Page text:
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INSTRUCTORS Carleen Eaton Grant Fraser Eric Smith
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Lecture Comments (6)

1 answer

Last reply by: jeffrey breci
Sun Jan 8, 2012 9:25 PM

Post by Daniel Delapena on December 11, 2011

I believe Jeff is correct...and also, example 4 seems like it would be 25% of change, due to the 25% discount from the original price? The answer was in the question?

2 answers

Last reply by: Stacy Amadio
Thu Sep 15, 2011 10:22 PM

Post by Jeff Mitchell on January 23, 2011

Wow, I disagree with example one completely. if it changed from 50 to 70 it did not increase 140%. if it increased 100% it would have gone from 50 to 100. Since it did not go past 100 it is clearly less than 100% increase.
I think the real equation should be (70-50) / 50 or 20/50 which is 40/100 =.4 or 40%

0 answers

Post by SASHKA YAKIMOVA on January 1, 2010

In Example 4, shouldn't the percent of change be calculated by dividing the NEW VALUE by the ORIGINAL VALUE?

139.78 : 175 = 0.7987 (78.97% or ~80%)

Applications of Percents

  • A percent of change is an increase or decrease expressed as a percent. If the new value is greater than the original one, it is a percent of increase; otherwise, it is a percent of decrease.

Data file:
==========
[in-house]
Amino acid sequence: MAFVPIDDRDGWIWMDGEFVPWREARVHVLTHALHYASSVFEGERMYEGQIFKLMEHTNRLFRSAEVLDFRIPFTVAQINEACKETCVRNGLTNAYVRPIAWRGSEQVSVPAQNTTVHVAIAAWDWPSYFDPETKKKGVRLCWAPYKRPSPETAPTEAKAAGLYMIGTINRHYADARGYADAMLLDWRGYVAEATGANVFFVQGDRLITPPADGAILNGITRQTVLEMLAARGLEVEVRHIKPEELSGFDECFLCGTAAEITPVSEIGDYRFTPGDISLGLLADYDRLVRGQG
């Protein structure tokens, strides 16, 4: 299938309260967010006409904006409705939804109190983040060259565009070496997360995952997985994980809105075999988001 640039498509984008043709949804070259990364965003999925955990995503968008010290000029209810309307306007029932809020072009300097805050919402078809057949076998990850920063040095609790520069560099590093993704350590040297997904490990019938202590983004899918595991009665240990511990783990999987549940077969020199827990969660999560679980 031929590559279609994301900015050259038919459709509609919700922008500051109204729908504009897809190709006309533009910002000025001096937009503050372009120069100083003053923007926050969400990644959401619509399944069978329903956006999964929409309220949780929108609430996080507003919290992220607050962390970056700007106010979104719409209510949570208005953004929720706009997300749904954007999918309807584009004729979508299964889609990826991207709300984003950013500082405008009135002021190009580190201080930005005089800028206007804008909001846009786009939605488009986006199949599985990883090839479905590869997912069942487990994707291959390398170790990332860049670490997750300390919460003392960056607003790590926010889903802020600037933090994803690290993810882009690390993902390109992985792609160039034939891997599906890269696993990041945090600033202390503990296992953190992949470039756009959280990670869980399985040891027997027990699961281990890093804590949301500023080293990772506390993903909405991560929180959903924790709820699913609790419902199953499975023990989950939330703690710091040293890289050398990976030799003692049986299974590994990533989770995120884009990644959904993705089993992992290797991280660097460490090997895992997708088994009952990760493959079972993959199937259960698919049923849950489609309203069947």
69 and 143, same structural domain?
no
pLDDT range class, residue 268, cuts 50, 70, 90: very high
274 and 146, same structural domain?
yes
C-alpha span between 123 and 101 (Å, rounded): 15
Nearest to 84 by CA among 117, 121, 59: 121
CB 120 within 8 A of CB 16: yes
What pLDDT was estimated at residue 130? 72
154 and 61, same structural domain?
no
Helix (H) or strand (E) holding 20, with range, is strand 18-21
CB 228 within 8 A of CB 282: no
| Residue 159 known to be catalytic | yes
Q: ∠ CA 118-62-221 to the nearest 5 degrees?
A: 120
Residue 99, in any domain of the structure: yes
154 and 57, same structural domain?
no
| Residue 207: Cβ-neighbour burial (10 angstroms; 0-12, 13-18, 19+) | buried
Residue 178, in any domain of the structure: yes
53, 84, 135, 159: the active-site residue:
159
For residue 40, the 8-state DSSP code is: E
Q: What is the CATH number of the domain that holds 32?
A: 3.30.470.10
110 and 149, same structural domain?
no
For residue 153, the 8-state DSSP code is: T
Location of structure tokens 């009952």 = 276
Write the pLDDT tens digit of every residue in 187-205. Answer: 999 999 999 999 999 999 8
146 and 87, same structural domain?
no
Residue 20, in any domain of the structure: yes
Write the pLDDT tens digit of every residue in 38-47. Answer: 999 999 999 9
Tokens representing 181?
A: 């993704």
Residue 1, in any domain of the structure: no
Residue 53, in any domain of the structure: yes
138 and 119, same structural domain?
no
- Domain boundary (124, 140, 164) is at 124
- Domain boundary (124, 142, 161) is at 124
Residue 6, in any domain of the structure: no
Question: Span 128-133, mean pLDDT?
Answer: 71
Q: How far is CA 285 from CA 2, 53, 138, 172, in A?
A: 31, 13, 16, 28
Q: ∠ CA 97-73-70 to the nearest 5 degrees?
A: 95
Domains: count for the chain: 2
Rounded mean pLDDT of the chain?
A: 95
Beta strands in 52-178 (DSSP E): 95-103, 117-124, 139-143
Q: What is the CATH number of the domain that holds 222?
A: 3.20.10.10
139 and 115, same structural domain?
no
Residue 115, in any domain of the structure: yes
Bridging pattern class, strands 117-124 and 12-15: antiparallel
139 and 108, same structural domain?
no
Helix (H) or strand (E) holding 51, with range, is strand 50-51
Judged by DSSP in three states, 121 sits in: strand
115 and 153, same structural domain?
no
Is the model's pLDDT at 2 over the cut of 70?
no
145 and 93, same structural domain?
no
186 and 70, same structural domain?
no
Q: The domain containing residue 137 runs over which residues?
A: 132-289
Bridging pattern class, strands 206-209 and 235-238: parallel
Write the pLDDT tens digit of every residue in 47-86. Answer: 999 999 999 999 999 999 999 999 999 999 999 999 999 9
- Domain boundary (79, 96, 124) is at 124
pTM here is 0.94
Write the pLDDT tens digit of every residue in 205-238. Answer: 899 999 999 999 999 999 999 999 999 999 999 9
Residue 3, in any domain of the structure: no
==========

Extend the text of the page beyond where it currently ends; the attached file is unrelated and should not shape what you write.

• Sales tax is a familiar example of a percent of increase.

  • Discount is an example of a percent of decrease.

  • When solving these kinds of problems, always write the percent as either a fraction with a denominator of 100 or a decimal equivalent to the percent.

Applications of Percents

Lecture Slides are screen-captured images of important points in the lecture. Students can download and print out these lecture slide images to do practice problems as well as take notes while watching the lecture.

  • Intro 0:00
  • Definitions 0:22
    • Percent of Change
    • Percent of Increase
    • Percent of Decrease
  • Examples of Percent of Change 1:14
    • Sales Tax
    • Discount
  • Lecture Example 1 2:51
  • Lecture Example 2 4:46
  • Additional Example 3
  • Additional Example 4